5. @Harry Seaward @Brotherskeeper @fisthardcheese Thank you guys for all your help!!! I feel much better prepared for my hearing soon. Here are the arguments I plan to make at my next hearing… The MTC-Arb should be granted because a valid arb clause exists. The Plaintiff has not objected to the fact that a valid arb clause exists. Per the Supreme Court and IL Case Law, the trial court should only determine if a valid arb clause exists or not In the Plaintiff’s written response, they argued that I waived my right to arbitrate by filing a motion. However, per the terms of the Arb Clause, neither party waives their right to arbitrate by filing a motion As that was the Plaintiff’s only written argument against the motion, the MTC-Arb should be granted based on the preceding facts If the Plaintiff brings up the Small Claims statement…. Again, per the Supreme Court and IL Case Law, the court should only determine if a valid arb clause merely exists and both parties agree that a valid clause exists Any ambiguous statements within the arb clause are to be interpreted and determined by the Arbitrator and not the court The small claims statement is ambiguous and can be interpreted in many different ways because “small claims” is not defined within the arbitration clause Per the Circuit Court of Cook County, the small claims division which has “small claims court” in its name was established for claims that do not exceed $3,000. The cases are actually heard in courtrooms on the 13th floor of this building. This case was not filed there. Instead this case was filed in the Civil, Non-Jury division, which are the courtrooms on the 11th floor of this building and does not have “small claims court” in its name. In fact, the division we’re in was established for claims that do not exceed $30,000. That is 10 times the claim limit of the “small claims court” division on the 13th floor here. The division we are in simply can’t be considered solely as small claims because of the really large limit amount of $30,000. There aren’t any small claims courts I’m aware of that have jurisdictional limits of such a large amount that is $30,000 Within the IL Court Rules, rule 281 defines small claims as having a jurisdictional limit of $10,000. Again, the jurisdiction we are in is 3 times that limit at $30,000. Choice of Law, or Governance, for the credit card agreement is South Dakota. Per the South Dakota rules, the jurisdiction limit for Small Claims is $12,000. That is a huge difference of $18,000 in claim limits when comparing that to the division, or jurisdiction we are currently in. The credit card agreement does not define small claims. Because it’s not clearly defined, the court should only determine a valid arbitration clause exists and any statements within the arb clause should be defined and determined by the arbitrator. Citing some cases summaries….. Smola v. Greenleaf Orthopedic Associates, S.C., 2012 IL App (2d) 111277, ¶ 16, 367 Ill.Dec. 786, 982 N.E.2d 936. "`[W]hen the language of an arbitration clause is broad and it is unclear whether the subject matter of the dispute falls within the scope of [the] arbitration agreement, the question of substantive arbitrability should initially be decided by the arbitrator.'" Marks v. Bober, 399 Ill. App.3d 385, 389-90, 339 Ill.Dec. 326, 926 N.E.2d 801 (2010)(quoting Donaldson, Lufkin & Jenrette Futures, Inc. v. Barr, 124 Ill.2d 435, 447-48, 125 Ill.Dec. 281, 530 N.E.2d 439 (1988)). Thus, the trial court is to decide whether there is an arbitration agreement and may decide the scope of the agreement where the terms are clear; but where the parties are in conflict as to the scope of an agreement and the questions presented are reasonably debatable, such questions are to be left to the arbitrator in the first instance. Comdisco, Inc. v. Dun & Bradstreet Corp., 306 Ill.App.3d 197, 203-04, 239 Ill.Dec. 167, 713 N.E.2d 698 (1999). MHR Estate Plan, LLC v. K&G Partnership, 2016 IL App (3d) 150744, ¶ 20 Under the Uniform Arbitration Act (710 ILCS 5/1 et seq. (West 2010)), the parties are bound to arbitrate those issues that they have agreed to arbitrate. Smola v. Greenleaf Orthopedic Associates, S.C., 2012 IL App (2d) 111277, ¶ 16, 367 Ill.Dec. 786, 982 N.E.2d 936. If a dispute is clearly within the arbitration clause, the court should order arbitration. However, if the dispute is clearly not within the clause, then there is no agreement to arbitrate, and the court should deny arbitration. If the scope of the agreement is reasonably in doubt, then the meaning of the arbitration clause should be determined by the arbitrators. State Farm Mutual Automobile Insurance Co. v. Hanover Development Corp., 73 Ill.App.3d 326, 328-29, 29 Ill.Dec. 299, 391 N.E.2d 562 (1979) (citing School District No. 46 v. Del Bianco, 68 Ill.App.2d 145, 154-55, 215 N.E.2d 25 (1966)). Any other thoughts I should consider?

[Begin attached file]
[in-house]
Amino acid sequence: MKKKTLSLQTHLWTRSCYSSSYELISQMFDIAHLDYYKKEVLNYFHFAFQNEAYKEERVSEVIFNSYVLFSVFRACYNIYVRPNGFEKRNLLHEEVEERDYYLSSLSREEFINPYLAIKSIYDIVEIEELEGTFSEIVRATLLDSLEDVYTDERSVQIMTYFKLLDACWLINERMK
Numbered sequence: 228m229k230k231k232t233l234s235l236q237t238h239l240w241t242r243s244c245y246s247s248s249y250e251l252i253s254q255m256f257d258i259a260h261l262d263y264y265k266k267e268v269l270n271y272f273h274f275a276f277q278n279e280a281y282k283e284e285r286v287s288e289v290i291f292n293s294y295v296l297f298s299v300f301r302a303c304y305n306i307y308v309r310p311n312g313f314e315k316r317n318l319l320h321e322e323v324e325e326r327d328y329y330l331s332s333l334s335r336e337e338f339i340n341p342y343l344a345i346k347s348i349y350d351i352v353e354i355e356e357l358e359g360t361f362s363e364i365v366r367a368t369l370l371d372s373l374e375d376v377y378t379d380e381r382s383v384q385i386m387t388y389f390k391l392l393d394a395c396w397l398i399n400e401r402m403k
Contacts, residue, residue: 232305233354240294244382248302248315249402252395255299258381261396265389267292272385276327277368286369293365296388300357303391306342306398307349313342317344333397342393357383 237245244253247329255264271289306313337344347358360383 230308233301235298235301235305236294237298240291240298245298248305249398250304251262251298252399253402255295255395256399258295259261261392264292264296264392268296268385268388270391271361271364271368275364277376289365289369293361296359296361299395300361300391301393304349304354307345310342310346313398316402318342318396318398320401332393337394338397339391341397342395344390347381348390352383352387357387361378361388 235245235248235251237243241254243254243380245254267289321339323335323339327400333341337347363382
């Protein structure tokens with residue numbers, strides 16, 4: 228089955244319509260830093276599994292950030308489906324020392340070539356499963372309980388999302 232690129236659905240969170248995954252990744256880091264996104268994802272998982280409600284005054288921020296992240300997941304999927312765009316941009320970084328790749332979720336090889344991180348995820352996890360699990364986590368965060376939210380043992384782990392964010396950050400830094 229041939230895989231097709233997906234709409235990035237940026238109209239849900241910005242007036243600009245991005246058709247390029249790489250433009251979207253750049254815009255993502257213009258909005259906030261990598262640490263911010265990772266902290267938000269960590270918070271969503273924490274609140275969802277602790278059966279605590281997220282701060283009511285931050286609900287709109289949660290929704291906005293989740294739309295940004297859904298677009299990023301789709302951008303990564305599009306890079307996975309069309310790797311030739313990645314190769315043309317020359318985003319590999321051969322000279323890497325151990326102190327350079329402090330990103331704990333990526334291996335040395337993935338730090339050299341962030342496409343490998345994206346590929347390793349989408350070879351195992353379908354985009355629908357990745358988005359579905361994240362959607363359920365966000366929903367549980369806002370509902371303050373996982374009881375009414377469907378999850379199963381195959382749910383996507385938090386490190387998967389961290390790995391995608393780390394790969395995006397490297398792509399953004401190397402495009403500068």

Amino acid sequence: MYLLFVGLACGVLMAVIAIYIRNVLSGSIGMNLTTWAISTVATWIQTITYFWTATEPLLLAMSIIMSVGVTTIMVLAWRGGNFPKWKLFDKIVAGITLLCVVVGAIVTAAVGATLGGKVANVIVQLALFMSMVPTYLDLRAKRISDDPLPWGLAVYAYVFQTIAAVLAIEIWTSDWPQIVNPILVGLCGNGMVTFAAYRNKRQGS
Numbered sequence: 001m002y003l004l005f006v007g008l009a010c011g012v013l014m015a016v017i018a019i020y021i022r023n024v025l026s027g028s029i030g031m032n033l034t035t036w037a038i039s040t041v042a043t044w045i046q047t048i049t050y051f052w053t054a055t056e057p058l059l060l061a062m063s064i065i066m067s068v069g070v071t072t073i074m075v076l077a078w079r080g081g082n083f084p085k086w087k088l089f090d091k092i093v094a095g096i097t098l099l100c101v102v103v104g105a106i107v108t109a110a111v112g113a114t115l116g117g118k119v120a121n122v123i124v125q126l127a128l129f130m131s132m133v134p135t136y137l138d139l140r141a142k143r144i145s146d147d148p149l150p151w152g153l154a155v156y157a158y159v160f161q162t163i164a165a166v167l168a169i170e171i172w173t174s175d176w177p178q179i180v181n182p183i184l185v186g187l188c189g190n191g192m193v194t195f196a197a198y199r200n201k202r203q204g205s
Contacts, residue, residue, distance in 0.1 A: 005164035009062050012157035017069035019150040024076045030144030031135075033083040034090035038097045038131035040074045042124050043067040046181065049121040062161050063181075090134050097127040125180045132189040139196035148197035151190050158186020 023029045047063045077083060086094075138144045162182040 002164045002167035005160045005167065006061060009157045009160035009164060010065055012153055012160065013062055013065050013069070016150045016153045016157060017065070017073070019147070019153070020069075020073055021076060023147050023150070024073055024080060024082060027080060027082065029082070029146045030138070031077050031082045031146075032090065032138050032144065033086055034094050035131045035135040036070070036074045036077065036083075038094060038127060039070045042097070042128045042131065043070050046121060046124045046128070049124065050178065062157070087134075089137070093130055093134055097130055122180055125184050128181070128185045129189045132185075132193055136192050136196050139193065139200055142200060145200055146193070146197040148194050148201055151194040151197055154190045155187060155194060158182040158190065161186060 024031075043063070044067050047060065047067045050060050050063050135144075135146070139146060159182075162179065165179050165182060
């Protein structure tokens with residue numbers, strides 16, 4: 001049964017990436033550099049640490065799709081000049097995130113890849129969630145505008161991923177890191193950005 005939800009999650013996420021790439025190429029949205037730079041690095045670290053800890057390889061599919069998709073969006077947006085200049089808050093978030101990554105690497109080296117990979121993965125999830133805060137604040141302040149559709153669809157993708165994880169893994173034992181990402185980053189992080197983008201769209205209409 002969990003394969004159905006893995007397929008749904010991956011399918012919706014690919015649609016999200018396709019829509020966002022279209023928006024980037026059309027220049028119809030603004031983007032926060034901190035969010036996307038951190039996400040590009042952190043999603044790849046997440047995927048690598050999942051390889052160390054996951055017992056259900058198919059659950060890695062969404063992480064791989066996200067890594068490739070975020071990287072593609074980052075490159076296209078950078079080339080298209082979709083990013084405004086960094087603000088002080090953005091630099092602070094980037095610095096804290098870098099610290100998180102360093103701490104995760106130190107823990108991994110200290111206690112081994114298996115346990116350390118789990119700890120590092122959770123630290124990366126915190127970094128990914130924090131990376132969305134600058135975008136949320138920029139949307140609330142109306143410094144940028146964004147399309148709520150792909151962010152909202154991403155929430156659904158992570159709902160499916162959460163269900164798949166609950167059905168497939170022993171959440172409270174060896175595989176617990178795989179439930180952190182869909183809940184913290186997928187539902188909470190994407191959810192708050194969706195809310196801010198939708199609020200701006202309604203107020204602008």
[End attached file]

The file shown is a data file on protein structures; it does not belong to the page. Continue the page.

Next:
6. Ah okay, I appreciate the opinion! I have a few weeks to continue thinking about this and come up with all of my arguments. Seems like a long shot, but what else can I do besides settle. What made me think of finding the Illinois court rules was the "Small Claims Summons" Forms (attached) that our county provides. They're all titled, "Small Claims Summons (Claims not to exceed $10,000)." The plaintiff obviously didn't use these specific forms when they filed the suit. The forms they did use don't mention small claims at all. It just makes me wonder what slight chance, if any, I have at beating them. CCM0751.pdf CCMN652.pdf CCMN751.pdf